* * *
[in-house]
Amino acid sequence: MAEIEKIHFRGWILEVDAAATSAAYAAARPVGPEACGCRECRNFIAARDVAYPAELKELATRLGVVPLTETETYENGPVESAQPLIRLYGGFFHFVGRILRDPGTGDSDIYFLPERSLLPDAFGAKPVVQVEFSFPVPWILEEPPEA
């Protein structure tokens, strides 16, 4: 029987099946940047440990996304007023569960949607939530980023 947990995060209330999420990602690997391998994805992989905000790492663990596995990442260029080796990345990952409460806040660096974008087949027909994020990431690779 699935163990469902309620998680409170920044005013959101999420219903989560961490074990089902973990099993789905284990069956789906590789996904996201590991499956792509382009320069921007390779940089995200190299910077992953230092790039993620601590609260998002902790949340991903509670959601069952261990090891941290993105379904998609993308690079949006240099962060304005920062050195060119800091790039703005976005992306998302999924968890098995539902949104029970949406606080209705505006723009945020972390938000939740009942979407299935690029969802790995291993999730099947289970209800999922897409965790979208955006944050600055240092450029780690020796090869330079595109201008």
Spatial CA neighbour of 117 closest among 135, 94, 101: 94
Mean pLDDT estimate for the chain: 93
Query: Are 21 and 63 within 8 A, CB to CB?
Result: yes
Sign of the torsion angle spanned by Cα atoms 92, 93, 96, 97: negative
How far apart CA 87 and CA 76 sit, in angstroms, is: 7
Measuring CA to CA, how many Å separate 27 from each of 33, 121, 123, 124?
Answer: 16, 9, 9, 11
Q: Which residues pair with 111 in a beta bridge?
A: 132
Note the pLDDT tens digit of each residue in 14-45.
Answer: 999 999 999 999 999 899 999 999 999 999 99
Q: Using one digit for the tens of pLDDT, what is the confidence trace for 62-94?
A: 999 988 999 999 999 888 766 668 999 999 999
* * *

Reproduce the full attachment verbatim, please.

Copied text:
[in-house]
Amino acid sequence: MAEIEKIHFRGWILEVDAAATSAAYAAARPVGPEACGCRECRNFIAARDVAYPAELKELATRLGVVPLTETETYENGPVESAQPLIRLYGGFFHFVGRILRDPGTGDSDIYFLPERSLLPDAFGAKPVVQVEFSFPVPWILEEPPEA
């Protein structure tokens, strides 16, 4: 029987099946940047440990996304007023569960949607939530980023 947990995060209330999420990602690997391998994805992989905000790492663990596995990442260029080796990345990952409460806040660096974008087949027909994020990431690779 699935163990469902309620998680409170920044005013959101999420219903989560961490074990089902973990099993789905284990069956789906590789996904996201590991499956792509382009320069921007390779940089995200190299910077992953230092790039993620601590609260998002902790949340991903509670959601069952261990090891941290993105379904998609993308690079949006240099962060304005920062050195060119800091790039703005976005992306998302999924968890098995539902949104029970949406606080209705505006723009945020972390938000939740009942979407299935690029969802790995291993999730099947289970209800999922897409965790979208955006944050600055240092450029780690020796090869330079595109201008």
Spatial CA neighbour of 117 closest among 135, 94, 101: 94
Mean pLDDT estimate for the chain: 93
Query: Are 21 and 63 within 8 A, CB to CB?
Result: yes
Sign of the torsion angle spanned by Cα atoms 92, 93, 96, 97: negative
How far apart CA 87 and CA 76 sit, in angstroms, is: 7
Measuring CA to CA, how many Å separate 27 from each of 33, 121, 123, 124?
Answer: 16, 9, 9, 11
Q: Which residues pair with 111 in a beta bridge?
A: 132
Note the pLDDT tens digit of each residue in 14-45.
Answer: 999 999 999 999 999 899 999 999 999 999 99
Q: Using one digit for the tens of pLDDT, what is the confidence trace for 62-94?
A: 999 988 999 999 999 888 766 668 999 999 999